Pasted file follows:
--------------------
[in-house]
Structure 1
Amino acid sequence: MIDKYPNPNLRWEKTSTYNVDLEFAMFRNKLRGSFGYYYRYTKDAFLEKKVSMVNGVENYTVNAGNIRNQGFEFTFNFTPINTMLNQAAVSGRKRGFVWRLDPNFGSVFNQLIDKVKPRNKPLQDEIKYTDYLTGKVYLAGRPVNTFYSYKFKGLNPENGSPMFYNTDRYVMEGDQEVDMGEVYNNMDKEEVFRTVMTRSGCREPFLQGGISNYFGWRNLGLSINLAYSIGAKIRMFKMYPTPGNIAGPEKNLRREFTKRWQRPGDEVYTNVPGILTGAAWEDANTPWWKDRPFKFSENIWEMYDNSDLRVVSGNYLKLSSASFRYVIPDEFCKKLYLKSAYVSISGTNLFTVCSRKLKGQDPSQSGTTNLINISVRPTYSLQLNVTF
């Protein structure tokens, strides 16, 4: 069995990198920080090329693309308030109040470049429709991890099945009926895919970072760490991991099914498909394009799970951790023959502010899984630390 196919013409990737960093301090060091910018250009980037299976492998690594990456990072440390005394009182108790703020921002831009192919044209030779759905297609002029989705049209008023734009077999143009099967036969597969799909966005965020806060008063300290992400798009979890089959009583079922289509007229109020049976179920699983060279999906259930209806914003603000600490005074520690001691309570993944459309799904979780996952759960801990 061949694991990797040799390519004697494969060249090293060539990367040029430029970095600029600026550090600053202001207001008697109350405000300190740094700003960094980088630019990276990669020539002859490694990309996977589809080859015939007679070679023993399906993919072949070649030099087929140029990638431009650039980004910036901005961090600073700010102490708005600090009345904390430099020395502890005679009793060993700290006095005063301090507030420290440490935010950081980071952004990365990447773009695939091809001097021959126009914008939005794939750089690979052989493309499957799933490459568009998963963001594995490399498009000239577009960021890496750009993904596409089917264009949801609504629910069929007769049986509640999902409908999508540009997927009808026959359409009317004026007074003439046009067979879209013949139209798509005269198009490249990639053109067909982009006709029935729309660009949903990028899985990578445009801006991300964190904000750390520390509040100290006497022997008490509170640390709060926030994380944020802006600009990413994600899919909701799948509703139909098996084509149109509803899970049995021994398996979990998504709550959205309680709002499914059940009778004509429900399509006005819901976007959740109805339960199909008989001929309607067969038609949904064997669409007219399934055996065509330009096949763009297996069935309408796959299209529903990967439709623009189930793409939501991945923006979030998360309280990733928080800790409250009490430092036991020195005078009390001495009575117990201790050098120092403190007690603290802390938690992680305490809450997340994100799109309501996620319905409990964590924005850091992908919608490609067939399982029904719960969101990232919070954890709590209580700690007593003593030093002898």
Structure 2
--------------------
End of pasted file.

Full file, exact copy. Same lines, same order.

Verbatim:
[in-house]
Structure 1
Amino acid sequence: MIDKYPNPNLRWEKTSTYNVDLEFAMFRNKLRGSFGYYYRYTKDAFLEKKVSMVNGVENYTVNAGNIRNQGFEFTFNFTPINTMLNQAAVSGRKRGFVWRLDPNFGSVFNQLIDKVKPRNKPLQDEIKYTDYLTGKVYLAGRPVNTFYSYKFKGLNPENGSPMFYNTDRYVMEGDQEVDMGEVYNNMDKEEVFRTVMTRSGCREPFLQGGISNYFGWRNLGLSINLAYSIGAKIRMFKMYPTPGNIAGPEKNLRREFTKRWQRPGDEVYTNVPGILTGAAWEDANTPWWKDRPFKFSENIWEMYDNSDLRVVSGNYLKLSSASFRYVIPDEFCKKLYLKSAYVSISGTNLFTVCSRKLKGQDPSQSGTTNLINISVRPTYSLQLNVTF
């Protein structure tokens, strides 16, 4: 069995990198920080090329693309308030109040470049429709991890099945009926895919970072760490991991099914498909394009799970951790023959502010899984630390 196919013409990737960093301090060091910018250009980037299976492998690594990456990072440390005394009182108790703020921002831009192919044209030779759905297609002029989705049209008023734009077999143009099967036969597969799909966005965020806060008063300290992400798009979890089959009583079922289509007229109020049976179920699983060279999906259930209806914003603000600490005074520690001691309570993944459309799904979780996952759960801990 061949694991990797040799390519004697494969060249090293060539990367040029430029970095600029600026550090600053202001207001008697109350405000300190740094700003960094980088630019990276990669020539002859490694990309996977589809080859015939007679070679023993399906993919072949070649030099087929140029990638431009650039980004910036901005961090600073700010102490708005600090009345904390430099020395502890005679009793060993700290006095005063301090507030420290440490935010950081980071952004990365990447773009695939091809001097021959126009914008939005794939750089690979052989493309499957799933490459568009998963963001594995490399498009000239577009960021890496750009993904596409089917264009949801609504629910069929007769049986509640999902409908999508540009997927009808026959359409009317004026007074003439046009067979879209013949139209798509005269198009490249990639053109067909982009006709029935729309660009949903990028899985990578445009801006991300964190904000750390520390509040100290006497022997008490509170640390709060926030994380944020802006600009990413994600899919909701799948509703139909098996084509149109509803899970049995021994398996979990998504709550959205309680709002499914059940009778004509429900399509006005819901976007959740109805339960199909008989001929309607067969038609949904064997669409007219399934055996065509330009096949763009297996069935309408796959299209529903990967439709623009189930793409939501991945923006979030998360309280990733928080800790409250009490430092036991020195005078009390001495009575117990201790050098120092403190007690603290802390938690992680305490809450997340994100799109309501996620319905409990964590924005850091992908919608490609067939399982029904719960969101990232919070954890709590209580700690007593003593030093002898």
Structure 2